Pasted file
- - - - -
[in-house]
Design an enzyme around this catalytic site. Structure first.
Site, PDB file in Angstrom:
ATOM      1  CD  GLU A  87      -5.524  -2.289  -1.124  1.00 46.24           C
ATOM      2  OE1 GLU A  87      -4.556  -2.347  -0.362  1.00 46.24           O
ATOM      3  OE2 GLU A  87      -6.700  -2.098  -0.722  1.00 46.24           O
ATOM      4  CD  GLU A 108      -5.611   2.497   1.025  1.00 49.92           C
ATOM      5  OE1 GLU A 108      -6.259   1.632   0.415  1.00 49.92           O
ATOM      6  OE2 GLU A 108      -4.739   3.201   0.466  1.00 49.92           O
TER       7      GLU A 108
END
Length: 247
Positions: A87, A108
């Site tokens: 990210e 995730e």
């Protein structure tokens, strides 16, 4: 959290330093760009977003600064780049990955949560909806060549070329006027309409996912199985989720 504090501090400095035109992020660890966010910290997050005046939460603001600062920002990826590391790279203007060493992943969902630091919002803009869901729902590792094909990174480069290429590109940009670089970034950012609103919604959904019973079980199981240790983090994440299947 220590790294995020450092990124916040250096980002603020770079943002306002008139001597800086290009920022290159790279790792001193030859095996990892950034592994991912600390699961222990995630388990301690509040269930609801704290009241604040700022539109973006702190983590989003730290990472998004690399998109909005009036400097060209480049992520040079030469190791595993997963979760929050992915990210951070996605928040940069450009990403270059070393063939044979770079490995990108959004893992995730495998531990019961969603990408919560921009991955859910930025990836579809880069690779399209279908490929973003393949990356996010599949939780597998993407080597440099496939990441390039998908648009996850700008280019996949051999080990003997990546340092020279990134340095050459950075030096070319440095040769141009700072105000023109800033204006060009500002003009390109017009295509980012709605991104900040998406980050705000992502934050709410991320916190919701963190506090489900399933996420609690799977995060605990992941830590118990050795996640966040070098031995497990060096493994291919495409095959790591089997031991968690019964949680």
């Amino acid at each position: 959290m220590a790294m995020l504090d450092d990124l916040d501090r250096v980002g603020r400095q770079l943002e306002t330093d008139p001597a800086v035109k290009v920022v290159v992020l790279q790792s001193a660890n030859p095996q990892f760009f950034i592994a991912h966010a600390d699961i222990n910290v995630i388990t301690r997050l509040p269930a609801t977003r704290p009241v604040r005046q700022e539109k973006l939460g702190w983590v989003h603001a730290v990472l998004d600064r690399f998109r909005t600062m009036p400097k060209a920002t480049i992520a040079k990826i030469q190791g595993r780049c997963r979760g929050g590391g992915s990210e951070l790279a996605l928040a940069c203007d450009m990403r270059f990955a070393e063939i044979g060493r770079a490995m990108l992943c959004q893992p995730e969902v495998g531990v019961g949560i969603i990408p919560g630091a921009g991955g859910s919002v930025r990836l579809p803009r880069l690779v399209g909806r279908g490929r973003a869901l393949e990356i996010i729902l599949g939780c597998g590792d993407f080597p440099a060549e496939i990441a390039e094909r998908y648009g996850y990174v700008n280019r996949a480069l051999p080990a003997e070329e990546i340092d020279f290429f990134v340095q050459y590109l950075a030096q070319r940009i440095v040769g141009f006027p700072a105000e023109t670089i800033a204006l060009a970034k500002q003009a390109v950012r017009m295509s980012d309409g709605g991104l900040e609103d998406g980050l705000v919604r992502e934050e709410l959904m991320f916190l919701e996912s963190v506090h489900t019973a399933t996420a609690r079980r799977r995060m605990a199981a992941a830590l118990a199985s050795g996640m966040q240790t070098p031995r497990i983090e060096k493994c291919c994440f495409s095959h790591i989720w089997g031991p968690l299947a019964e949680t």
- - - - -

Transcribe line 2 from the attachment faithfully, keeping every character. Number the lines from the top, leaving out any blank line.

Design an enzyme around this catalytic site. Structure first.